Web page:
Huntington Beach

Time-out in housing tussle

THE HUNTiNGTON BEACH City Council deadlocked Tuesday over a new housing document (Shutterstock).

The City of Huntington Beach’s ongoing tussle with the State of California over housing took a time-out this week.

At Tuesday’s meeting of the council, it was decided to table until the April 4 meeting a decision on whether to accept the state-mandated housing element update revision.

Three of the four conservative members of the council voted against the element update, but fell short of a majority when Councilmember Casey McKeon announced he would recuse himself from voting because of a potential conflict of interest. A 3-3 tie is nevertheless not the majority needed for passage.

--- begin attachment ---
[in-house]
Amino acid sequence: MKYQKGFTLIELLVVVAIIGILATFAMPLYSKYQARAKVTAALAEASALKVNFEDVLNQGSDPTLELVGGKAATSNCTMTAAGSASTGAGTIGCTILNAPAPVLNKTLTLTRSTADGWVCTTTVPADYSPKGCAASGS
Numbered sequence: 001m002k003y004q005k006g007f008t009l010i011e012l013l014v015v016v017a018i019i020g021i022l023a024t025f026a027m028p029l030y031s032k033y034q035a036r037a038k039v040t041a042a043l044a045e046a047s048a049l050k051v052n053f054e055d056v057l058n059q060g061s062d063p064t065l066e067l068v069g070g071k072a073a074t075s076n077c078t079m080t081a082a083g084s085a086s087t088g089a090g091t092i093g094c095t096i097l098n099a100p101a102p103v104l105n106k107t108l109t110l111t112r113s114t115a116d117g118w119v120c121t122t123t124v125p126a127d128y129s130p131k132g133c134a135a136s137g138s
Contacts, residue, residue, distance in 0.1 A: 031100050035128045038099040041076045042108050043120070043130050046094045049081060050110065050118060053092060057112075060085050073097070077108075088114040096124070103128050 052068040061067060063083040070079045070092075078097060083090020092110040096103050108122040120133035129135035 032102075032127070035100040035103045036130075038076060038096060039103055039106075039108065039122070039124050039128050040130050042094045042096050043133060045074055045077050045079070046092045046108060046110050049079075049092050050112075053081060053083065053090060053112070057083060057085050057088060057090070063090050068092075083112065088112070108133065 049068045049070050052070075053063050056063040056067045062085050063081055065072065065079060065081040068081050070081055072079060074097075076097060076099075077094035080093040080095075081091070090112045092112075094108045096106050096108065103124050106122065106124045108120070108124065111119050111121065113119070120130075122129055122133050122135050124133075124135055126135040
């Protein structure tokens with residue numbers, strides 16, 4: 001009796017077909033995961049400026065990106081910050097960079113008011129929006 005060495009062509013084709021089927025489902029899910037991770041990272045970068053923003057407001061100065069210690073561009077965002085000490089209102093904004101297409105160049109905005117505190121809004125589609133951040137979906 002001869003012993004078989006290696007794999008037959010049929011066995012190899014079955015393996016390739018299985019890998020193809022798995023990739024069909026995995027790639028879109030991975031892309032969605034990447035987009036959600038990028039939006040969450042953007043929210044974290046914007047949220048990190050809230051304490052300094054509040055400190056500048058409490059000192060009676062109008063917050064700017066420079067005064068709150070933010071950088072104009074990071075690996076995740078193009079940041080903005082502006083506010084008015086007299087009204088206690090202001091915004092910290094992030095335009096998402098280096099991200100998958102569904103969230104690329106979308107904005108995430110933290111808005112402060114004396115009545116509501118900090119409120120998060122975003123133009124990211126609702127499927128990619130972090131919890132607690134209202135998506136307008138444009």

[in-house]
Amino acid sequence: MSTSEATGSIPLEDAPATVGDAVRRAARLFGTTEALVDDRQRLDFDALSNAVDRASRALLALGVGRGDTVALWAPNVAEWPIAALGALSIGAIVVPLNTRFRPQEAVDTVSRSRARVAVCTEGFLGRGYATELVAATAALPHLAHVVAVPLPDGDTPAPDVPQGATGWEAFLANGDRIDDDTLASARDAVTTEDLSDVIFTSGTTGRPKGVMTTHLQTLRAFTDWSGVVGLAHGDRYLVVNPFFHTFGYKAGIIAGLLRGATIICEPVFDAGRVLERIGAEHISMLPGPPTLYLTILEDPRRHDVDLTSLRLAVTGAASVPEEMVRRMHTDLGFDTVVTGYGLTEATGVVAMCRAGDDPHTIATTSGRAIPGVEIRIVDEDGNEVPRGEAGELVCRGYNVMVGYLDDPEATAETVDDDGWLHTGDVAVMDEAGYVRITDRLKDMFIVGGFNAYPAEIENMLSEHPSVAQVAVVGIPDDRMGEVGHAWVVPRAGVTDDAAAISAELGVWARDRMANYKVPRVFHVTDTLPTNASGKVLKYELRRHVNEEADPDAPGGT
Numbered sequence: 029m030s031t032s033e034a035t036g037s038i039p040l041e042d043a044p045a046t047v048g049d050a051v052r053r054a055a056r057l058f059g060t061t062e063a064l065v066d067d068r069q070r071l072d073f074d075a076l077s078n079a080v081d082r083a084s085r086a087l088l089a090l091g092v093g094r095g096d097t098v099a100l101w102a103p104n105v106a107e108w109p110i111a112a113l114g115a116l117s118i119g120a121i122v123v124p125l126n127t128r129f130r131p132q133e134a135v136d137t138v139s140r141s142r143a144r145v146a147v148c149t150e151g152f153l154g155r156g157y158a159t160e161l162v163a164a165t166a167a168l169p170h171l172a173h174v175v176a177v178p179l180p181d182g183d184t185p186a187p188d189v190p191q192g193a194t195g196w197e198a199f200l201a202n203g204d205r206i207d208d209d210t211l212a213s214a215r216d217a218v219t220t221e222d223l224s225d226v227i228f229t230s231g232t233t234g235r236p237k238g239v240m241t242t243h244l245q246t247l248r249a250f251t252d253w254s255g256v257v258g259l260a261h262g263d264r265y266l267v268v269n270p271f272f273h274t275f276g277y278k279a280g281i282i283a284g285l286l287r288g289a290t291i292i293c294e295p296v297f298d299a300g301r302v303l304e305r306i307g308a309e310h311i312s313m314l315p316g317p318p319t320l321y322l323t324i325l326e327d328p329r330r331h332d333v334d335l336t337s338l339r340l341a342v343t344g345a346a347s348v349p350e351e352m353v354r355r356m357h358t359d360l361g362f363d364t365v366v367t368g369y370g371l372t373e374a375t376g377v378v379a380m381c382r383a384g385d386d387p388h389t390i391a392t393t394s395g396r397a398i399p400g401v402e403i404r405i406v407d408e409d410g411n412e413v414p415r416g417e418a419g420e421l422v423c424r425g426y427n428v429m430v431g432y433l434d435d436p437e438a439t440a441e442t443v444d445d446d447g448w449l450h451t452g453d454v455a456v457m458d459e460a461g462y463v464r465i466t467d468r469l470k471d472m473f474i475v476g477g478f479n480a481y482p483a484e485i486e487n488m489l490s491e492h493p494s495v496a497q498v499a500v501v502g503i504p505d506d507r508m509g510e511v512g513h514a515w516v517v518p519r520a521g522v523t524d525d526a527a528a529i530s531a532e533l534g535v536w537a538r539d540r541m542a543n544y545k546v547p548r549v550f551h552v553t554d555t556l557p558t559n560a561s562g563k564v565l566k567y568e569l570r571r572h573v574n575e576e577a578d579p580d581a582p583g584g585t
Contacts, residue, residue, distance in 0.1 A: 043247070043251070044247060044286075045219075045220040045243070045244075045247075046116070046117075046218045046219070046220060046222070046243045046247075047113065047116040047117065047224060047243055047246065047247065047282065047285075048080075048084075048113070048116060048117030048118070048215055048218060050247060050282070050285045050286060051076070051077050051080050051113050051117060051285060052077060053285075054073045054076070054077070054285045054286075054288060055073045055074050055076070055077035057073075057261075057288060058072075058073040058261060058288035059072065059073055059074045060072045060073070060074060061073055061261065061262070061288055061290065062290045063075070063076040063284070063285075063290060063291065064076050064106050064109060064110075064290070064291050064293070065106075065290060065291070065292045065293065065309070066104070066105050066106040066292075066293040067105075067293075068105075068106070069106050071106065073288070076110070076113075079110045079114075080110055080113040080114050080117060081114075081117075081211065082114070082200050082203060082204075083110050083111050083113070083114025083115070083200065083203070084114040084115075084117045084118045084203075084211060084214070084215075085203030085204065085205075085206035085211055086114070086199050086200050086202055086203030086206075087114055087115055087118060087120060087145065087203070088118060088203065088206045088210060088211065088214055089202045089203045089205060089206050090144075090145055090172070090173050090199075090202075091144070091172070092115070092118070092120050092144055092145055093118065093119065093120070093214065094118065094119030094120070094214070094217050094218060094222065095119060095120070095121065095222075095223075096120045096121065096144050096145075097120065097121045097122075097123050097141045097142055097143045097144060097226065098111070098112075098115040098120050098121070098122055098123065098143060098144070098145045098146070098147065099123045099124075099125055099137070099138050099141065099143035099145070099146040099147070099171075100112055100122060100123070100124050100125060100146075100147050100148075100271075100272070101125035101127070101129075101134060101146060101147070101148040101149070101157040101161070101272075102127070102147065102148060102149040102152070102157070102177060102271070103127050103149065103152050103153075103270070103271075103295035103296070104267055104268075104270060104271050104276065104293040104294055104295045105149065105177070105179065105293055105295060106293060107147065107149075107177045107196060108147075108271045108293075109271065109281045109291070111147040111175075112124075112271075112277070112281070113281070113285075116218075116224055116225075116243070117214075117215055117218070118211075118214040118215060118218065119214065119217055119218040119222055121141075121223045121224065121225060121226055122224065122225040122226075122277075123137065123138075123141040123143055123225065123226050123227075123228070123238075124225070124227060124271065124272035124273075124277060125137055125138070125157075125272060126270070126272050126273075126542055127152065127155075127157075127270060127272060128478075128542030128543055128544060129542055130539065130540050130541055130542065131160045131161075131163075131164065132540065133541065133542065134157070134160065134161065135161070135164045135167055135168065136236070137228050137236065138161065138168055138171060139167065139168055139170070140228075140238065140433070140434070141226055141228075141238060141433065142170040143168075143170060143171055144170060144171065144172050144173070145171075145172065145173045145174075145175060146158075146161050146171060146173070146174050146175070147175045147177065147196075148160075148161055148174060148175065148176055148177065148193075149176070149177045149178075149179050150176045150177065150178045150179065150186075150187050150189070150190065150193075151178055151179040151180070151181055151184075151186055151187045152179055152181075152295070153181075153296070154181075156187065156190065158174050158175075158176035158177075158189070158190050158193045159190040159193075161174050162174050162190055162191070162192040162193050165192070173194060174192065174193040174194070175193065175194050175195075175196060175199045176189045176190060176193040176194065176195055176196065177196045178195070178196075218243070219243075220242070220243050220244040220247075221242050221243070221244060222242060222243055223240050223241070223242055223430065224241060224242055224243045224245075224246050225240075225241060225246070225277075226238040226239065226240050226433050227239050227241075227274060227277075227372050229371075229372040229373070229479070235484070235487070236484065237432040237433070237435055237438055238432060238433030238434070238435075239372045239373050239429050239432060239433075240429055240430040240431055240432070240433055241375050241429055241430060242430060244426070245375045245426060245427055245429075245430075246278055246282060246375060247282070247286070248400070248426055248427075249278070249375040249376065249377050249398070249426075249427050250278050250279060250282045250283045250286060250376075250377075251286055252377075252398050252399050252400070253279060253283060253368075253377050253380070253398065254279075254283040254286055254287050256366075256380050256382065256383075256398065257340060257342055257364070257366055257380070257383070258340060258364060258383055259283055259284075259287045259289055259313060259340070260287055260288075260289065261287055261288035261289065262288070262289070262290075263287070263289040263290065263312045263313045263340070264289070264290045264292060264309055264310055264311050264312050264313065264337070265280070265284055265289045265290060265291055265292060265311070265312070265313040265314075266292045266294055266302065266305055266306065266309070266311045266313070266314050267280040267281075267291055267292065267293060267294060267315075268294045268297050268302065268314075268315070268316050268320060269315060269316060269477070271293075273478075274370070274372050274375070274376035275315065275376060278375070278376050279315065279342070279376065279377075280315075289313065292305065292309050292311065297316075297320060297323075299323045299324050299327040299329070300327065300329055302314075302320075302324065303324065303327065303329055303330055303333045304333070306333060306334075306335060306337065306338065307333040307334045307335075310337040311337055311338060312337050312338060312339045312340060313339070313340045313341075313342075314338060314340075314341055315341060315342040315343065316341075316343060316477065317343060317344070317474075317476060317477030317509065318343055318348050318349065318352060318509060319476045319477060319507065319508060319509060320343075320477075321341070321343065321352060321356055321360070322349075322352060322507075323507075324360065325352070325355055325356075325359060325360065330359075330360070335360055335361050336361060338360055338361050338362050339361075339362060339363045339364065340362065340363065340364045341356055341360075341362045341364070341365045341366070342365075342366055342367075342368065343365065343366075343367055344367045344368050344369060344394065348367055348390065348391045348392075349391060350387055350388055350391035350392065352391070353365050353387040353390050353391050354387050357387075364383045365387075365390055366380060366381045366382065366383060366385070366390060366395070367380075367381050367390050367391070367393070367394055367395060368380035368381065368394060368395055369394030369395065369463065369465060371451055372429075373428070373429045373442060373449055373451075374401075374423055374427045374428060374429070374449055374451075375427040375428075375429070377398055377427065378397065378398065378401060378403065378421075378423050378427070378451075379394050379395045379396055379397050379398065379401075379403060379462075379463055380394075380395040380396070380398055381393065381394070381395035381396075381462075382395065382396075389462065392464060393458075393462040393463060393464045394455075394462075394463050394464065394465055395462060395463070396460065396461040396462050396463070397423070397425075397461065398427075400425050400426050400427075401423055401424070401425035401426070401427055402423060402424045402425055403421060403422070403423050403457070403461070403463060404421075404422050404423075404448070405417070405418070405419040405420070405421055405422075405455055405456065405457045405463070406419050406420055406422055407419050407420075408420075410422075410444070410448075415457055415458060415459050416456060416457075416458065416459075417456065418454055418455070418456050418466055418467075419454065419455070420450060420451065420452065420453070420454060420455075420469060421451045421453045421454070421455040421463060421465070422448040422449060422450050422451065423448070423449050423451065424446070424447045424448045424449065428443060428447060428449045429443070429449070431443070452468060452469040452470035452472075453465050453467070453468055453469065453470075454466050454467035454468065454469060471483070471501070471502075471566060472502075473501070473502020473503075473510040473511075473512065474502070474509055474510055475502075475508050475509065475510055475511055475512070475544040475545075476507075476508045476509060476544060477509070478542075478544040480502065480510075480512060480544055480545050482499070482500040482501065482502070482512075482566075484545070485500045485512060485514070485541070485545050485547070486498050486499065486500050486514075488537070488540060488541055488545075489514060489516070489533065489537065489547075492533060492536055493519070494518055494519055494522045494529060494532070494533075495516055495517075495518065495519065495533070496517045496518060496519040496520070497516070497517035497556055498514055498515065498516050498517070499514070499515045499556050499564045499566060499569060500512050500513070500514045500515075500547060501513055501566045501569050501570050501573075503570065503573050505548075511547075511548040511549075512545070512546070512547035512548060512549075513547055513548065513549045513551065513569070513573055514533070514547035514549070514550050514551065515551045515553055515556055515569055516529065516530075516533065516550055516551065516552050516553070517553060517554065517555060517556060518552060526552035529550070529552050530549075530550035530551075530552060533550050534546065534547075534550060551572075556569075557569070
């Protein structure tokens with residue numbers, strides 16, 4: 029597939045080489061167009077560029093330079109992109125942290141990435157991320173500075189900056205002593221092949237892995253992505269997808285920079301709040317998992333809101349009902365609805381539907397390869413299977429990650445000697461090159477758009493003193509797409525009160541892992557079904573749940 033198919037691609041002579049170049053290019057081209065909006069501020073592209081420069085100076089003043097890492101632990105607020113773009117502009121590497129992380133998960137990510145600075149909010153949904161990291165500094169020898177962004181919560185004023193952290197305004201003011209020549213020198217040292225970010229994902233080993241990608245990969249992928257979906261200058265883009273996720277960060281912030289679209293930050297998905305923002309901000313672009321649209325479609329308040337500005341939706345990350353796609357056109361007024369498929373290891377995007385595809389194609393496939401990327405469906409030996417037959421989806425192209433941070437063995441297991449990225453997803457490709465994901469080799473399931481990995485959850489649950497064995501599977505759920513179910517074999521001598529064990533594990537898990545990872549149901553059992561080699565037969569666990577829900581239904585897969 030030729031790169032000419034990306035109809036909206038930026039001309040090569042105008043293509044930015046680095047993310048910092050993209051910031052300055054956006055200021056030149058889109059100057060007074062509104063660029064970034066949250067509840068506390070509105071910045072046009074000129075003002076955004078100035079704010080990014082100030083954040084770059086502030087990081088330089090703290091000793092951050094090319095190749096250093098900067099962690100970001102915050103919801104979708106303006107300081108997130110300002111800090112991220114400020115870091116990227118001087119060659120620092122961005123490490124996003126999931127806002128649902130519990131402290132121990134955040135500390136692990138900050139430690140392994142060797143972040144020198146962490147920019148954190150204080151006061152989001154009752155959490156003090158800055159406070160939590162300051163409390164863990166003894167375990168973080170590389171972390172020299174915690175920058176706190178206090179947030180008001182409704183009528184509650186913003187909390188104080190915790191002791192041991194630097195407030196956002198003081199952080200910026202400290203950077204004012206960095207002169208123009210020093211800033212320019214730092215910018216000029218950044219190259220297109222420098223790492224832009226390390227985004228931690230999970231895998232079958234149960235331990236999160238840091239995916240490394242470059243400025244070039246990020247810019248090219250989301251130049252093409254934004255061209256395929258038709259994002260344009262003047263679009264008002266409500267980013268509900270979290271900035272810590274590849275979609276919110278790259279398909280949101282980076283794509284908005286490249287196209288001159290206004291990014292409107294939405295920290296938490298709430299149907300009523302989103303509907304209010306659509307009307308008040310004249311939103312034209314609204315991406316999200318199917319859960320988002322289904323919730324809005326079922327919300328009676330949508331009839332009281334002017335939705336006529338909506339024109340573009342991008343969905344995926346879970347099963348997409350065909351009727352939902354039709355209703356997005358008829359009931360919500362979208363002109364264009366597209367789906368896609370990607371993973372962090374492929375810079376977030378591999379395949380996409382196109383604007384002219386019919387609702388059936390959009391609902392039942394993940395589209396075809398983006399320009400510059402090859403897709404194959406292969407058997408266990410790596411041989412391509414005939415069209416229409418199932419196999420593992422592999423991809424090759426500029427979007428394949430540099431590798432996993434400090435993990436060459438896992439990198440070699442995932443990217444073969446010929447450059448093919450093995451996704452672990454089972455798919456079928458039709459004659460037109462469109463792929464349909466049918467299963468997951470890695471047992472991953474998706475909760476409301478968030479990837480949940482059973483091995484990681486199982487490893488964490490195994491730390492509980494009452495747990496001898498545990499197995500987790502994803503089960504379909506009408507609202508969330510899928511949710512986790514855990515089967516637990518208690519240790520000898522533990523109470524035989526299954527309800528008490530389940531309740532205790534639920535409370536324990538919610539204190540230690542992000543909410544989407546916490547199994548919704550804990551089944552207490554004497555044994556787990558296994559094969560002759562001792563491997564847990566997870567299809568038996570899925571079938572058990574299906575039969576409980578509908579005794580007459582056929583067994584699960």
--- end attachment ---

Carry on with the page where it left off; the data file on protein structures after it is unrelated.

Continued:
At issue is the city’s Regional Housing Needs Assessment, which calls for Huntington Beach to zone for – but not necessarily build – 13,338 new homes over the next 10-year period as a way of alleviating the state’s housing shortage.

The council did vote 5-2 (with Councilmembers Gracey Van Der Mark and Pat Burns opposed) to continue to accept and process applications and permits for accessory dwelling units and SB 9 (allowing lot splits in single family zones), a reversal of an early decision to refuse to accept new applications.

All this happens against a backdrop of lawsuits by the city against the state, and the state against the city over housing requirements imposed by the California legislature.

The next meeting of the council is set for Tuesday, April 4.

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